Over 70% said the pathway behind the homes met their needs and they did not want to be walking near cars.  The extensive pathway network we enjoy is part of the vision that Kanata was built on but that was left out of the CBC story.  The local paper had a more factual balanced report if you are interested.

I asked a follow-up question, “If the local councillor had supported adding bike lanes and wider sidewalks to Elgin Street (at the expense of on-street parking), would you have supported such a proposal?” But I did not receive a response.

Jody Mitic

I would up having an extended chat with one of Jody Mitic’s staff about the matter.

My initial question was:

“How do you reconcile your desire to comply with the wishes of residents when it comes to the Sunview Drive sidewalk and the proposed baseball diamond, but not to comply with the wishes of residents when it came to the re-design of Elgin Street? Is this not a double standard?”

During our chat, I also brought up the issue of 890-900 Bank Street, in which the proposal for an eight-storey building was pretty uniformly opposed by both residents and the local councillor, and city council approved it anyway.

The reply:

Regarding the baseball diamond, this was a situation of competing needs and finding a way to ensure that current users of the park for both baseball and dog walking would still be able to use it. Taking away greenspace from the park would infringe on the dog owners ability to walk their dogs in a comfortable distance away from ball games. Similarly, allowing dogs too close to the diamond is problematic while a game is in progress, which is why on lease setbacks are in place around the diamond while games are being played. There is other existing capacity for baseball in the area at other city-operated diamonds.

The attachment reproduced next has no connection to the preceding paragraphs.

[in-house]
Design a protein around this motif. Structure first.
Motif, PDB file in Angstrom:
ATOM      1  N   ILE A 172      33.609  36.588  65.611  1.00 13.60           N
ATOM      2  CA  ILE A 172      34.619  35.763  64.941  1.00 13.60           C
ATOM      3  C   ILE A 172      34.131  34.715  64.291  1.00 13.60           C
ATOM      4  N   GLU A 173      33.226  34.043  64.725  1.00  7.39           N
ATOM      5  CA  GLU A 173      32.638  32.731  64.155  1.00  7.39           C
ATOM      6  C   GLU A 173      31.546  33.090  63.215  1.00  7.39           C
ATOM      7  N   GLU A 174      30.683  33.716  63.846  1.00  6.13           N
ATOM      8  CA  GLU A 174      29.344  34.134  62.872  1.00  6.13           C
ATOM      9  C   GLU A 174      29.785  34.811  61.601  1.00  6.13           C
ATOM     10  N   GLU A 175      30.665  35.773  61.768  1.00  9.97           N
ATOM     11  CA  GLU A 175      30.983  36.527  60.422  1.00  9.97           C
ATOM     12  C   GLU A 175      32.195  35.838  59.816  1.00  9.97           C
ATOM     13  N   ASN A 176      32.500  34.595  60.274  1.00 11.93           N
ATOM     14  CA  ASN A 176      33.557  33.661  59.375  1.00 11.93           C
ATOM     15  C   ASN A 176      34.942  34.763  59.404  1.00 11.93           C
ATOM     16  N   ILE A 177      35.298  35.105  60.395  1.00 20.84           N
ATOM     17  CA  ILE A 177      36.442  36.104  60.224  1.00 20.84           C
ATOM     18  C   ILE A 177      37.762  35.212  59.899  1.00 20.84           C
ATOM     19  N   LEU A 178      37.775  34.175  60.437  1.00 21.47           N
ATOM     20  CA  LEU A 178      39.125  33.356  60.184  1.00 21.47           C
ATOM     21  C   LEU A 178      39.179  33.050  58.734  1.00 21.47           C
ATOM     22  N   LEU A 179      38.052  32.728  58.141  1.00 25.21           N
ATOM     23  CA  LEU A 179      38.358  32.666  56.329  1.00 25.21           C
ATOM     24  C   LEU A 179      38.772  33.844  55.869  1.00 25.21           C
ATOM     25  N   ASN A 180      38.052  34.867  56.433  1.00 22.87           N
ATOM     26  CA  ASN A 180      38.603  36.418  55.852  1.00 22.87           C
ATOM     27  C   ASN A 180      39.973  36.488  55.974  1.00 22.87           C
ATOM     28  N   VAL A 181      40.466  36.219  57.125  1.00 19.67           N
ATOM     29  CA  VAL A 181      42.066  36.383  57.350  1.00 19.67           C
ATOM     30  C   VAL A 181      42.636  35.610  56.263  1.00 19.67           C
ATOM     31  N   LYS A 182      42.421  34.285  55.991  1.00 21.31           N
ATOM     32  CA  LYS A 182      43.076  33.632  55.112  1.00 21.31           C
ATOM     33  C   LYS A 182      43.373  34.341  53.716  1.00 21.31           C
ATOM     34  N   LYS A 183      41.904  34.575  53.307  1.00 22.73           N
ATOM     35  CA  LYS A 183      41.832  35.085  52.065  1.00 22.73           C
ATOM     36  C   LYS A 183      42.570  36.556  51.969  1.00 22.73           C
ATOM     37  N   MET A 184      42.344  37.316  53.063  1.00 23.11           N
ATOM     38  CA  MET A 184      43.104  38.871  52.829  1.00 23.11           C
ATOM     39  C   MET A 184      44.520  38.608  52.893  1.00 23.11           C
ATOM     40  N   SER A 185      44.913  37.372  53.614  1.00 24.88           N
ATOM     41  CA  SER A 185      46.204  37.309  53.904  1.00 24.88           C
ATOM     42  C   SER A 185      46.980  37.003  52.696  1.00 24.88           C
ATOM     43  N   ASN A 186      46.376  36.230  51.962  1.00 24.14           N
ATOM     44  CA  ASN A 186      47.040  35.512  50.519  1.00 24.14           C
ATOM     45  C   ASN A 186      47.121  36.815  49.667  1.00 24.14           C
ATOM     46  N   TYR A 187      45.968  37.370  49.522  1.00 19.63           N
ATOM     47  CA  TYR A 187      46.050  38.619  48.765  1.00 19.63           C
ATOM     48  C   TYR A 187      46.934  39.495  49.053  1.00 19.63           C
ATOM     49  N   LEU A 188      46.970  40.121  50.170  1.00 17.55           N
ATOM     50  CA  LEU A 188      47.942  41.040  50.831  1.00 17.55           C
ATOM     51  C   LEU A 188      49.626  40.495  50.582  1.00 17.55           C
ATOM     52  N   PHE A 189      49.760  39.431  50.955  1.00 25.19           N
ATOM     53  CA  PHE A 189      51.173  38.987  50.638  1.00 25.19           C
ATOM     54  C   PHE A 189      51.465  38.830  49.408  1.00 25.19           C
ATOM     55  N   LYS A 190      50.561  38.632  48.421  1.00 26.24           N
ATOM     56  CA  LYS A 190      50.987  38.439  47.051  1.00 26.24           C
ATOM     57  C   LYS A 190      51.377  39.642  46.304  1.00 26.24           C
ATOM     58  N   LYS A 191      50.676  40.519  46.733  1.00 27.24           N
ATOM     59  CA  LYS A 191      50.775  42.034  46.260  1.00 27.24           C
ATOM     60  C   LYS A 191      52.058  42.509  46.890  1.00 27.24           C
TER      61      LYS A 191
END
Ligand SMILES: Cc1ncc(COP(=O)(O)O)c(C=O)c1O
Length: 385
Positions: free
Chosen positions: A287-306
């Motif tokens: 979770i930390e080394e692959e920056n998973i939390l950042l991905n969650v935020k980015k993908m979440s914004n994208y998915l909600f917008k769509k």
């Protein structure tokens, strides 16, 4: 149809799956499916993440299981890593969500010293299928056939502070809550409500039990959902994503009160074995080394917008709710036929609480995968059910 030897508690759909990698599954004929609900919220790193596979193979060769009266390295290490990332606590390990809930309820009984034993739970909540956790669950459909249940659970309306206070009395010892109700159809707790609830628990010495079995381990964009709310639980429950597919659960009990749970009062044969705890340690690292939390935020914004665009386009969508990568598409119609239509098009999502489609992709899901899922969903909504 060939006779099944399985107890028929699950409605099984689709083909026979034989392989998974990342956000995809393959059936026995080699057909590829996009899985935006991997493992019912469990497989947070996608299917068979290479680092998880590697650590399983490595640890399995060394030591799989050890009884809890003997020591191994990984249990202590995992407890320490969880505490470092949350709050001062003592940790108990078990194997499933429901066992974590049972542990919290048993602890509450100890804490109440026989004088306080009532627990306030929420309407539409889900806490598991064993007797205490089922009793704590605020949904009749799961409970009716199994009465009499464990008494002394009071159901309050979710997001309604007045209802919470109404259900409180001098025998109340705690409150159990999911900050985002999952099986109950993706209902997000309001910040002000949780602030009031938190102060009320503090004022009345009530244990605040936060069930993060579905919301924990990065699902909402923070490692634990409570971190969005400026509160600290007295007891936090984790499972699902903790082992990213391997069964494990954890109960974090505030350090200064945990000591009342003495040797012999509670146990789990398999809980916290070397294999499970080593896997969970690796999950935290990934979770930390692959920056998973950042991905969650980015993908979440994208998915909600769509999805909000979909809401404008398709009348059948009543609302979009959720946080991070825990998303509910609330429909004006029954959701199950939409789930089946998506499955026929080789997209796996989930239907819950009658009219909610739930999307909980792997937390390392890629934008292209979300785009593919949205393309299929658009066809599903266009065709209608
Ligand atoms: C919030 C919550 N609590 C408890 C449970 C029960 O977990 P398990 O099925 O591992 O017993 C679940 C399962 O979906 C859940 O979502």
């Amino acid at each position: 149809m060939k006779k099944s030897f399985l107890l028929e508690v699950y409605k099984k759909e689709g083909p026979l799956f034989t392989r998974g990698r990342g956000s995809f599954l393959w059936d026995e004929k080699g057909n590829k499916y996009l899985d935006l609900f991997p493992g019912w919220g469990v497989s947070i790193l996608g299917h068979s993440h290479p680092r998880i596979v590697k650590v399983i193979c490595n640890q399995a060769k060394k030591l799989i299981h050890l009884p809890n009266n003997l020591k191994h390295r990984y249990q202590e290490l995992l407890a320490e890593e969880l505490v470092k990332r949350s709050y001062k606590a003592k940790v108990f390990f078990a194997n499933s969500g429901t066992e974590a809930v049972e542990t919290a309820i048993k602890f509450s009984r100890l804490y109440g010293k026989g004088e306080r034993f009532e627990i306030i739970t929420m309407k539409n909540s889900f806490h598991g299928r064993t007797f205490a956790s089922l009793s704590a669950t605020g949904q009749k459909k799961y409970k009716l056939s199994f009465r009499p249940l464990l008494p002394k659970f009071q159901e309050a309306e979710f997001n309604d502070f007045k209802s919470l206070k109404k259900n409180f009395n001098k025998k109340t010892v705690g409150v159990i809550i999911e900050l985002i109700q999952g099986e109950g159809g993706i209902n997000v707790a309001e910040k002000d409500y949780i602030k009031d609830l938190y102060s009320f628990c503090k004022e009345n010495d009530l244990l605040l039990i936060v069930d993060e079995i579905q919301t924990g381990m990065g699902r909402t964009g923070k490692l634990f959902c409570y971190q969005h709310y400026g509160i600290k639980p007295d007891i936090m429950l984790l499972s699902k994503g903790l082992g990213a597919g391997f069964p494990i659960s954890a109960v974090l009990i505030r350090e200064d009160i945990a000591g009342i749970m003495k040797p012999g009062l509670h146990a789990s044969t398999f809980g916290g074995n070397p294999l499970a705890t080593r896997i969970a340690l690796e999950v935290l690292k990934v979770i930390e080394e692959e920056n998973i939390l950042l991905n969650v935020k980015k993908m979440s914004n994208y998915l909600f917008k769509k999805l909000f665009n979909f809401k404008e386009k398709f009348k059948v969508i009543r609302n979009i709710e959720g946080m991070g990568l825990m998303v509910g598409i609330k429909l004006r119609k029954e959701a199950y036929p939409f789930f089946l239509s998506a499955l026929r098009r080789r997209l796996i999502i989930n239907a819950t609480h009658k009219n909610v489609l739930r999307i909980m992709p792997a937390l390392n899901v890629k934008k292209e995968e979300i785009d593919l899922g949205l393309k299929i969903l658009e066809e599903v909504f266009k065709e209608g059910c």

Regarding the proposed Sunview Drive sidewalk, residents on the street came out strongly against the proposal, but this was more than just a question of the wishes of residents. It was also a question of the price, and whether it was a worthwhile use of the funds. Price was a significant factor in the decision.

Regarding Elgin Street, the re-development of a main street is different than adding a sidewalk to an existing residential street, and was a decision made by city staff and approved by council.

Regarding the proposed development at 890-900 Bank Street, development proposals are different than proposals pertaining to parks or sidewalks. It is a question of adhering to the city’s planning regulations. Council and councillors can’t just say “no” to these development proposals without proper reasoning, because any decision made by council could be taken to the OMB [editor’s note: this decision–and this conversation about the decision–was made before OMB reform went through].

When Councillor Mitic is dealing with development issues, he tries to get the community and the developer together so that they are on the same side to get the best possible development. In fact, Councillor Mitic has supported multi-story residential developments in Innes Ward which also have retail on the main level.”

I certainly appreciate the responses from both, however, I’m not really satisfied by either response. I think it’s been pretty clear for a while now that different areas get treated differently at city council, and more deference is given to certain residents, and not others.

This sort of hypocrisy needs to be called out. We shouldn’t accept it. We can’t expect that all wards will be treated exactly the same, but we should expect that city council treats all residents equitably.

And that’s not happening right now.

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One thought on “Do resident concerns matter downtown, or only in the suburbs?

  1. Pingback: Glebe Transportation Safety Survey | Steps from the Canal